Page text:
PATTERSON v. ELLERBEE.
In this case regarding a purported class action suit against a juvenile court judge for allegedly failing to appoint counsel for indigent defendants during deprivation proceedings, Colleen Patterson appeals the trial court's dismissal of her action. Because the trial court correctly determined that it lacked subject matter jurisdiction over this law suit, one of two separate grounds on which the superior court dismissed this action, we affirm. Without subject matter jurisdiction, the superior court lacked any authority to determine either the efficacy of certifying a class or the underlying merits of the action.
The record shows that, for a period of approximately two years beginning in January 2002, Lowndes County brought deprivation petitions regarding all three of Patterson's minor children, and in all three cases, the juvenile court found that the children were deprived and granted custody to the Department of Family and Children Services. Patterson's parental rights have not been terminated, and determinations regarding the extent of her visitation and any case plans for reunification are ongoing. During these proceedings, the juvenile court did not appoint counsel to represent Patterson, and it is highly disputed whether she ever requested such counsel.
On December 11, 2002, James Finkelstein, Patterson's current appellate counsel, wrote the juvenile court a letter in which he stated:
I represent Mr. Fonsie Patterson on [a] matter involving false arrest and malicious prosecution (for a false charge of child molestation ․). At present I do not represent Mr. Patterson or Ms. Sharlow [Patterson] on the ․ Juvenile cases except for the limited purpose of ensuring that their rights to Due Process of Law and to the Assistance of Counsel in the ․ deprivation ․ proceedings are not abridged. My purpose in writing this letter is to secure the immediate appointment of counsel.
(Emphasis supplied.) Thus, as of at least the date of Finkelstein's letter, Patterson was represented by counsel with regard to the underlying issue in this appeal.
In response to Finkelstein's letter, on December 12, 2002, the juvenile court informed him that, to the extent he represented Patterson, he would have to follow the appropriate rules and file a notice of appearance on her behalf prior to corresponding or communicating with the juvenile court about Patterson's case. There is no evidence of record that, despite his statement that he was representing Patterson, albeit in a limited capacity, Finkelstein ever filed any such notice of appearance. In addition, there is no evidence that Finkelstein took any further steps to attempt to obtain separate counsel for his client at any time during the ongoing deprivation proceedings.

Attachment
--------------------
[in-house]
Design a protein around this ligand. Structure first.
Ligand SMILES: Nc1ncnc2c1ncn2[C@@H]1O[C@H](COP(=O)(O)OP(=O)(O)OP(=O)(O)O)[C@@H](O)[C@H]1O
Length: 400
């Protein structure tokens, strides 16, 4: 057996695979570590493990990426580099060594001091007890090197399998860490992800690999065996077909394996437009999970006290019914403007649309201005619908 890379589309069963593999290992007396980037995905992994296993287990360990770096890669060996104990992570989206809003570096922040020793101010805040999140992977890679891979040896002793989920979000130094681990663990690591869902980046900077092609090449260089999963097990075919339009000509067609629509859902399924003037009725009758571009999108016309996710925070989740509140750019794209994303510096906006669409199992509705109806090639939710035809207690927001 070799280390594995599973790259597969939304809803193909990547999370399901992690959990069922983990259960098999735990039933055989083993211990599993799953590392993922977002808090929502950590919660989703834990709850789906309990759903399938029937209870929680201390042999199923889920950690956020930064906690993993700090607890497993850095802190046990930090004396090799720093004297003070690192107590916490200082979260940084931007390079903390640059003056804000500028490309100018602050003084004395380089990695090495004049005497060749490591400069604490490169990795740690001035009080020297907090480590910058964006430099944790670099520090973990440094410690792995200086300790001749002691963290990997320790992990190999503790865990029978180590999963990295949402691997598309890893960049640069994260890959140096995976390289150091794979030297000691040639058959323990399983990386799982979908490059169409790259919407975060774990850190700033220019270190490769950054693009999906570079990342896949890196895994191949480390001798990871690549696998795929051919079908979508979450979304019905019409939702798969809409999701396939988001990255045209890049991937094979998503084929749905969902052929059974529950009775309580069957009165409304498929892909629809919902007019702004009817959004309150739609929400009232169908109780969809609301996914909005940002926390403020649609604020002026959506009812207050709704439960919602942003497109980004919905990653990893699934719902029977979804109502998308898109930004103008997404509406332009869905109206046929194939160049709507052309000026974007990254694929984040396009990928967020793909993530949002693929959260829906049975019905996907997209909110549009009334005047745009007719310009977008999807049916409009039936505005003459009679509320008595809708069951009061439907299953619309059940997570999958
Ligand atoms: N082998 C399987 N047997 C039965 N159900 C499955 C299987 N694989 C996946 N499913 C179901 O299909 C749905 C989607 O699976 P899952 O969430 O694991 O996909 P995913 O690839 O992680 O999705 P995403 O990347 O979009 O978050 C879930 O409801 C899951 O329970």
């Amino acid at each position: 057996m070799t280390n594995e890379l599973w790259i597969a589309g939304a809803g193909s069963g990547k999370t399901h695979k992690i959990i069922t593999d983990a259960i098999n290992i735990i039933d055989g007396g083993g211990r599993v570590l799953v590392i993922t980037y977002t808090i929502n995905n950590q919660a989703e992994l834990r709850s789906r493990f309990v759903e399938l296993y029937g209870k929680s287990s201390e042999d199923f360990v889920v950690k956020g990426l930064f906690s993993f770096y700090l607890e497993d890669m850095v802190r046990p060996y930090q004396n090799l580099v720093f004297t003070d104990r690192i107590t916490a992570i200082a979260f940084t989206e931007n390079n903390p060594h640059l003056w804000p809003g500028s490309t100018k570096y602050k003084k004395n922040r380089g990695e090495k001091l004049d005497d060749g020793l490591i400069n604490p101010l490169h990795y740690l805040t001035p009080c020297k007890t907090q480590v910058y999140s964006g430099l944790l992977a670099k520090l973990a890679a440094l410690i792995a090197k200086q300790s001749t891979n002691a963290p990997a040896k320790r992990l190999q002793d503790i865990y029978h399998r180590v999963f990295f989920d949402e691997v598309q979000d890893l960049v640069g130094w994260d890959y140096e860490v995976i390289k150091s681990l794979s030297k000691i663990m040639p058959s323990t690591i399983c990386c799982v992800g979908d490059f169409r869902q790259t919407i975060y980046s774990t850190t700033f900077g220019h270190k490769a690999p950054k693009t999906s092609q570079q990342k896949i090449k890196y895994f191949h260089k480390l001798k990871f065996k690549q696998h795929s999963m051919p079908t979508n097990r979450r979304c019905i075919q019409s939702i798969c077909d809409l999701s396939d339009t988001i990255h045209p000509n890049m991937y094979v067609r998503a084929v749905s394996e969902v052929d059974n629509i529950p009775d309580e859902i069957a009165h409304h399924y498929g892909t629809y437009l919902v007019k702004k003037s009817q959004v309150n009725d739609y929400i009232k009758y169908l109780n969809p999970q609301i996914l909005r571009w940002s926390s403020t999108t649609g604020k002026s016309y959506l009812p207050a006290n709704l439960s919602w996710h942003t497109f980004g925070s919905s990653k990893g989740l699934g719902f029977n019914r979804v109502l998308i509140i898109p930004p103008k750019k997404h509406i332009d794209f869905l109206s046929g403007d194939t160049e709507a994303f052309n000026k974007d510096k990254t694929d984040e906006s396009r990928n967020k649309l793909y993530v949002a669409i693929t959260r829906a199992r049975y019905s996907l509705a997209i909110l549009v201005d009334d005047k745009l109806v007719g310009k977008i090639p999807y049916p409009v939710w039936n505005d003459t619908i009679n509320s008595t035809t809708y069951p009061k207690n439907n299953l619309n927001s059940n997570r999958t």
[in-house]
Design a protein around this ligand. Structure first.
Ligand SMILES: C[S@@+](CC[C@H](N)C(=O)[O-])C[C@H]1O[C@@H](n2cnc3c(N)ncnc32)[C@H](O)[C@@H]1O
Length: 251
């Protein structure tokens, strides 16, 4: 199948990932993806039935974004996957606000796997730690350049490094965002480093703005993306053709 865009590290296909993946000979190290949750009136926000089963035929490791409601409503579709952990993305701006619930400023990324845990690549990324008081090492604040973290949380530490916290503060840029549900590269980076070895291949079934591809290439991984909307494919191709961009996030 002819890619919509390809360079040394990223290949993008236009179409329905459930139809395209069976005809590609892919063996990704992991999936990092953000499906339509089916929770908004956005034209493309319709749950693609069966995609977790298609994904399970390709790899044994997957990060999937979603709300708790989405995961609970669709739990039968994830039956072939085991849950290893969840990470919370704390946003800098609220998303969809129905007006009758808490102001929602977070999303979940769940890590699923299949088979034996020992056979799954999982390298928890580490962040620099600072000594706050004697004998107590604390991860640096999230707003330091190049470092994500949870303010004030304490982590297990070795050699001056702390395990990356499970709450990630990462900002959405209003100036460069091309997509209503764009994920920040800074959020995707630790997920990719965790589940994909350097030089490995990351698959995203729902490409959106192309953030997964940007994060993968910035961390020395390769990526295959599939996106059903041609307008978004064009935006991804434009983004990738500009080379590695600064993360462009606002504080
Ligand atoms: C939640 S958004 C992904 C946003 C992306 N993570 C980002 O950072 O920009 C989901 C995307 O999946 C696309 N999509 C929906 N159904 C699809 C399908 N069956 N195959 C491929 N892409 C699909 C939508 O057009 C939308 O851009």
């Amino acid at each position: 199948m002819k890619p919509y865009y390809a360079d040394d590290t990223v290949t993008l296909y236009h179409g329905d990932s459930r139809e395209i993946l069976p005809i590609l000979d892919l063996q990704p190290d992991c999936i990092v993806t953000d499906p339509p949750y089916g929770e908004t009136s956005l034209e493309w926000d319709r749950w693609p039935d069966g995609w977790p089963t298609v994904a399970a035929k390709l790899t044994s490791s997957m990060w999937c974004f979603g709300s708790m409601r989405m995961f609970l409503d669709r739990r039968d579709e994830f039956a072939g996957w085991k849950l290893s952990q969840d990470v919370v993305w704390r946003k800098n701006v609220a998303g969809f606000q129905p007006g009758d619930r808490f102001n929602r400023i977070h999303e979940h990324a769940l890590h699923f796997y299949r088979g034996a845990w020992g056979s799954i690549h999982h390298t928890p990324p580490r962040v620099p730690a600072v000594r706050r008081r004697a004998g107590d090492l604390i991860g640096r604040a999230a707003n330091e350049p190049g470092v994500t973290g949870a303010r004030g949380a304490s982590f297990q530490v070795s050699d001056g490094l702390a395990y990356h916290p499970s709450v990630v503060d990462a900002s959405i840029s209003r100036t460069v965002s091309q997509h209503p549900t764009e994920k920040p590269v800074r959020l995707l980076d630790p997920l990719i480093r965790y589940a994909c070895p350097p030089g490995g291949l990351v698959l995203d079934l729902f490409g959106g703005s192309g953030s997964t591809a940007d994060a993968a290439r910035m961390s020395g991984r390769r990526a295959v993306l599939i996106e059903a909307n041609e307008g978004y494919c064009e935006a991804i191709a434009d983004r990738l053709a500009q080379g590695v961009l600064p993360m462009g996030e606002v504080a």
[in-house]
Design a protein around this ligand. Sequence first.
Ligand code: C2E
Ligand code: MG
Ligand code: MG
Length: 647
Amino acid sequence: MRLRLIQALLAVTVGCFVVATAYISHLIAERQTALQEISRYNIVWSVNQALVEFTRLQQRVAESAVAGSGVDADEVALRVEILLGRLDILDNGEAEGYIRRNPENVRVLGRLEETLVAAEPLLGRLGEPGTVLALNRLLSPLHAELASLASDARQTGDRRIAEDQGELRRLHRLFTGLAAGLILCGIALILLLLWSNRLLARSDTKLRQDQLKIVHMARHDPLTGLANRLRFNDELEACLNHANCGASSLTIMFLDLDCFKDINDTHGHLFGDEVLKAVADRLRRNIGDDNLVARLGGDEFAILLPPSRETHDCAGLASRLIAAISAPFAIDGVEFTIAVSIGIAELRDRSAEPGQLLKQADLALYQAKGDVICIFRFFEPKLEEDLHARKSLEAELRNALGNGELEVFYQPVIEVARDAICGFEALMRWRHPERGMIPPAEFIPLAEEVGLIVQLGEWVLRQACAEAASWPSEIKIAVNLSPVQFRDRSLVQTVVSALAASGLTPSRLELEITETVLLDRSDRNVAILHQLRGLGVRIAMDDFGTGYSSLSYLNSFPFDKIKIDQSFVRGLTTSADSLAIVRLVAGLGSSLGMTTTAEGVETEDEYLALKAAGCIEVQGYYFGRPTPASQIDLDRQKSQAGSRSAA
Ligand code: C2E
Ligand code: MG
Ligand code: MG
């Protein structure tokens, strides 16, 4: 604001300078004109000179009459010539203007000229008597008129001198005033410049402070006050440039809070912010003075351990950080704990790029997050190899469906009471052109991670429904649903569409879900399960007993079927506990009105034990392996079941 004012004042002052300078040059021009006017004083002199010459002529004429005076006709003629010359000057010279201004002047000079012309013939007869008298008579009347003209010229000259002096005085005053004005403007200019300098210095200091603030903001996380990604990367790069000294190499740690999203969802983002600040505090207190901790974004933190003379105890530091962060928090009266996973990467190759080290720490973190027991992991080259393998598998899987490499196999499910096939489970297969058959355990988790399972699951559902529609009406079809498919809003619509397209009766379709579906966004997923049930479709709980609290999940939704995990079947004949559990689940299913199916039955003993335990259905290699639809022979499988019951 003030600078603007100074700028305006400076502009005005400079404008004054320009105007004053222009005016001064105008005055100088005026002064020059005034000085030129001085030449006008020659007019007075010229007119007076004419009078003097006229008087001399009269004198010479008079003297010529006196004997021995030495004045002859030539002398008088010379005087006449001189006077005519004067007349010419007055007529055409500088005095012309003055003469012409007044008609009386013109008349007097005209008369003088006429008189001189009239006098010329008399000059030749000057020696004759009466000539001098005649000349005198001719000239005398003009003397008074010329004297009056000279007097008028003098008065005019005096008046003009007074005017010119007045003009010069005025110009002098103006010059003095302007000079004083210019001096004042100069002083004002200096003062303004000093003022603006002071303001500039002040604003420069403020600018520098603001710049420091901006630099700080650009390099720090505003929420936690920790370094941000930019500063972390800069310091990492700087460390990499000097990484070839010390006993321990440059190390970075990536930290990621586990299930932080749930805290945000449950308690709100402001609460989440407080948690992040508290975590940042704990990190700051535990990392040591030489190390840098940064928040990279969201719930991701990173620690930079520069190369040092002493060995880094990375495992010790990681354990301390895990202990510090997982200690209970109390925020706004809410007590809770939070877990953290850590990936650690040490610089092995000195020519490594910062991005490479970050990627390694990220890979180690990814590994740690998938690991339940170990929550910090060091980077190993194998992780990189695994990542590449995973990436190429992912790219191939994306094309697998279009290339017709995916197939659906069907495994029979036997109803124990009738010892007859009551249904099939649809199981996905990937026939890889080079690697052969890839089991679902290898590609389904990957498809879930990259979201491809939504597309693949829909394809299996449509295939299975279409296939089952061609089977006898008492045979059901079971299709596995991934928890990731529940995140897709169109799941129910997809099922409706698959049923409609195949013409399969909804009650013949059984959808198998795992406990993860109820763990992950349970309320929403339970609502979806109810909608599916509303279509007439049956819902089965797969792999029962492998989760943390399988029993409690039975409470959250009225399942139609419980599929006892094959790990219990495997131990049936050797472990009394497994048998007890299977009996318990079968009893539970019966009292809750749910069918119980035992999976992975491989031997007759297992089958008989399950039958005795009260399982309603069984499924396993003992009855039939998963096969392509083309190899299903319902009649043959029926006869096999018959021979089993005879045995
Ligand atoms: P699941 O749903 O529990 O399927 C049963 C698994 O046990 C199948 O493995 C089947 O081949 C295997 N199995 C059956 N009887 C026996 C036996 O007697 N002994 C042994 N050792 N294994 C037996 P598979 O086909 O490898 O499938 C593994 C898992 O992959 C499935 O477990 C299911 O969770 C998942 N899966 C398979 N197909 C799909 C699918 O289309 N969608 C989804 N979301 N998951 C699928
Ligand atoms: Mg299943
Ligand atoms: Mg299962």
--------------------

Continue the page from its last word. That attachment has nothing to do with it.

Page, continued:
Instead of taking action in Patterson's deprivation proceedings in the juvenile court, Finkelstein, more than six months after writing a letter to the juvenile court, filed a class action law suit in superior court on behalf of all indigent defendants who allegedly had been denied the right to counsel in deprivation proceedings in Lowndes County Juvenile Court. This class action suit, of which Patterson was named as the class representative, was brought directly against a single juvenile court judge, O. Wayne Ellerbee, in his individual capacity and in his official capacity. In addition, the class action complaint states that, since the filing of the class action, Patterson “has retained [Finkelstein] to represent her in the Juvenile Court of Lowndes County, and that [he] will appear on her behalf to petition for the return of her children and to vacate the prior deprivation orders.”
On August 18, 2003, Judge Ellerbee filed a motion to dismiss the class action, contending, among other things,1 that: (1) the superior court lacked subject matter jurisdiction over the law suit pursuant to OCGA § 9-11-12(b)(1); (2) Patterson failed to state a claim upon which relief can be granted pursuant to OCGA § 9-11-12(b)(6); (3) Judge Ellerbee was entitled to official immunity; and (4) Judge Ellerbee was entitled to qualified immunity. On October 7, 2003, the superior court granted the motion to dismiss, finding both that Patterson failed to state a claim and that it lacked subject matter jurisdiction over the case.
In deciding this case, we must first consider whether the trial court properly determined that it lacked subject matter jurisdiction over this case. If there was no subject matter jurisdiction, then the question of class action certification becomes irrelevant, as the trial court would have no power to make that determination, regardless of the merits of the underlying claims.